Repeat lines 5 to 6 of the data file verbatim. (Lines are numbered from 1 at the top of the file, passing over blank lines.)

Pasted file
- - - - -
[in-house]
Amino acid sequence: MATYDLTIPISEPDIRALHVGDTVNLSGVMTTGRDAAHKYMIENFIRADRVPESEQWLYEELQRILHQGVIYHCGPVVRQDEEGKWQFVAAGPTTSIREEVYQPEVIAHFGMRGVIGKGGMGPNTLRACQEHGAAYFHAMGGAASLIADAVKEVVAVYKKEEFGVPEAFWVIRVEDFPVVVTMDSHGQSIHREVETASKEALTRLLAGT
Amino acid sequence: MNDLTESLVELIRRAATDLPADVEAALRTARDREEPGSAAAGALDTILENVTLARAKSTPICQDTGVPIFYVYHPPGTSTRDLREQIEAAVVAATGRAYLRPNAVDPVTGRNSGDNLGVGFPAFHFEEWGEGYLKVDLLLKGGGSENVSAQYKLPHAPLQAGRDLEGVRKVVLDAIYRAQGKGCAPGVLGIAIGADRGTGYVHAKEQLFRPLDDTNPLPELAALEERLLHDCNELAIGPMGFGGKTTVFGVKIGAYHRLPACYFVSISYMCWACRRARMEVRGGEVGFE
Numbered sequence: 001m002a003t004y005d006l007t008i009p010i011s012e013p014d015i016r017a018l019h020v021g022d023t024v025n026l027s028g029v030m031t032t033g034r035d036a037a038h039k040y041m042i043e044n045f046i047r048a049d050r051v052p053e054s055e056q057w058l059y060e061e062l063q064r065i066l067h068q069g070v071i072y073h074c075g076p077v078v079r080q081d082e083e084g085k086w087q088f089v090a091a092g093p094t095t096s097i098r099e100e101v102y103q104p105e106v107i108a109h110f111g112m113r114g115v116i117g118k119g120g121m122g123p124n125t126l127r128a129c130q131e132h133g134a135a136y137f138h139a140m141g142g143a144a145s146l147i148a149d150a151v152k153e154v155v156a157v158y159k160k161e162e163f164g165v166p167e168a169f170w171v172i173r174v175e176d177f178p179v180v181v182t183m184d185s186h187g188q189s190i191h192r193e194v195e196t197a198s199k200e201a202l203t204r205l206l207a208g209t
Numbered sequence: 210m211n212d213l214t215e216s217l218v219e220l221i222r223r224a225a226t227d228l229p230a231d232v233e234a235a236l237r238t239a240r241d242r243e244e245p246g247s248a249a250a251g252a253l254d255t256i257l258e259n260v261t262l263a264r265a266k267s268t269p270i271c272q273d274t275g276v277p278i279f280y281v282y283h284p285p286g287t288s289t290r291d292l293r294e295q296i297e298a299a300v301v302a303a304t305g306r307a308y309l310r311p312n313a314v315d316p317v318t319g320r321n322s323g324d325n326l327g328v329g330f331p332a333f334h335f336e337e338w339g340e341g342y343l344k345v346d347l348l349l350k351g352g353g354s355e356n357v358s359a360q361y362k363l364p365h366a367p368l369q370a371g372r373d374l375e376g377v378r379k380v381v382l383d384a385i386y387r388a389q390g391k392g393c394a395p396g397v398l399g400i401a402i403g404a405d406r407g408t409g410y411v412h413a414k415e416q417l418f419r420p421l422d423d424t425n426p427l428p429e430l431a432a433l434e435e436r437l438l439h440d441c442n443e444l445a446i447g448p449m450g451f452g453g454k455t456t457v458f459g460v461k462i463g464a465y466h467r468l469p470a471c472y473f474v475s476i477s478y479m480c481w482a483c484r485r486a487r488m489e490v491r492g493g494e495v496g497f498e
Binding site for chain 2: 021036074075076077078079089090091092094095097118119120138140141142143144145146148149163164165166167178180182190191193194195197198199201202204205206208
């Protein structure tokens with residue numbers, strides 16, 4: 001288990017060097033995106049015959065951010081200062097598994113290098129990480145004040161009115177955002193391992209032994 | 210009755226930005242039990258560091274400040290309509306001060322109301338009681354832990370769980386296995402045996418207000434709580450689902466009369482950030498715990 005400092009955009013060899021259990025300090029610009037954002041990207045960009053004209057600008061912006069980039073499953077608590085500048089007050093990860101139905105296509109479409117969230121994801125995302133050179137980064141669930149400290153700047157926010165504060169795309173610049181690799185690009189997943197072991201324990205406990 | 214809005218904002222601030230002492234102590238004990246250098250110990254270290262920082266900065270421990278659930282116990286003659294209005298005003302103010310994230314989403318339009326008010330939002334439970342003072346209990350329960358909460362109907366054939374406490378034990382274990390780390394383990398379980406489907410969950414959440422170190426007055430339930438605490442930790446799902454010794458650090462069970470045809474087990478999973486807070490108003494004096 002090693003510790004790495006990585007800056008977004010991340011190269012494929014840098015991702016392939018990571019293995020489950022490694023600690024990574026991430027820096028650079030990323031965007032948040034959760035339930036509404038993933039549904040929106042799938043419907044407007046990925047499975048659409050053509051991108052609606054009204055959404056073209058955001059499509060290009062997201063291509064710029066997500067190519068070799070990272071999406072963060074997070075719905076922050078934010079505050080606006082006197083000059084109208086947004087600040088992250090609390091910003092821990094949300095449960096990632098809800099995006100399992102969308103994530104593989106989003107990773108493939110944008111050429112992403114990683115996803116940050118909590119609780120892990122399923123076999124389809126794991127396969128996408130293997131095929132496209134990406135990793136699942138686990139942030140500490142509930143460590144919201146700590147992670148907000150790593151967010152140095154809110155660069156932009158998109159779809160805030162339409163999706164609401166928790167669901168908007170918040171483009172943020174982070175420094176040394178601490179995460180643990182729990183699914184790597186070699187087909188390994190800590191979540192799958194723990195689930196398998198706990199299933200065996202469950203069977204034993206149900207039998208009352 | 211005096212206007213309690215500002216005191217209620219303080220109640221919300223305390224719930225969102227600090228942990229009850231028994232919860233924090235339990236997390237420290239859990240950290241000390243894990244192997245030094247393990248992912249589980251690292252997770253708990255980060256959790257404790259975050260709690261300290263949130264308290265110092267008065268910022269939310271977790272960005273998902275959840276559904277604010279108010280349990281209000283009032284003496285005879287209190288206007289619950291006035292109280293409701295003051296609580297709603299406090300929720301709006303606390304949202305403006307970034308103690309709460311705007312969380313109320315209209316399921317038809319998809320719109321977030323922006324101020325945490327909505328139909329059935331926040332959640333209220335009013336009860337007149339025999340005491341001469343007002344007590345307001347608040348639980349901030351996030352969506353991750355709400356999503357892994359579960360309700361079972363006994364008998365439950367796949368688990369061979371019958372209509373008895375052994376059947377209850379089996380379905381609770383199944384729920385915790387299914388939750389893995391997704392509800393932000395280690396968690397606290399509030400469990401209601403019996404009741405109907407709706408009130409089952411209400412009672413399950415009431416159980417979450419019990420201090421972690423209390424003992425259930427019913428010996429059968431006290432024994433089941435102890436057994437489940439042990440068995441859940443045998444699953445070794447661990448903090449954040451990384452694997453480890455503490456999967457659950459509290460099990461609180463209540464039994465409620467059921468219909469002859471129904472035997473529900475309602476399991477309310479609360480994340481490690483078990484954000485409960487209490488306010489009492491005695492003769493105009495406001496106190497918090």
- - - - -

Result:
Numbered sequence: 210m211n212d213l214t215e216s217l218v219e220l221i222r223r224a225a226t227d228l229p230a231d232v233e234a235a236l237r238t239a240r241d242r243e244e245p246g247s248a249a250a251g252a253l254d255t256i257l258e259n260v261t262l263a264r265a266k267s268t269p270i271c272q273d274t275g276v277p278i279f280y281v282y283h284p285p286g287t288s289t290r291d292l293r294e295q296i297e298a299a300v301v302a303a304t305g306r307a308y309l310r311p312n313a314v315d316p317v318t319g320r321n322s323g324d325n326l327g328v329g330f331p332a333f334h335f336e337e338w339g340e341g342y343l344k345v346d347l348l349l350k351g352g353g354s355e356n357v358s359a360q361y362k363l364p365h366a367p368l369q370a371g372r373d374l375e376g377v378r379k380v381v382l383d384a385i386y387r388a389q390g391k392g393c394a395p396g397v398l399g400i401a402i403g404a405d406r407g408t409g410y411v412h413a414k415e416q417l418f419r420p421l422d423d424t425n426p427l428p429e430l431a432a433l434e435e436r437l438l439h440d441c442n443e444l445a446i447g448p449m450g451f452g453g454k455t456t457v458f459g460v461k462i463g464a465y466h467r468l469p470a471c472y473f474v475s476i477s478y479m480c481w482a483c484r485r486a487r488m489e490v491r492g493g494e495v496g497f498e
Binding site for chain 2: 021036074075076077078079089090091092094095097118119120138140141142143144145146148149163164165166167178180182190191193194195197198199201202204205206208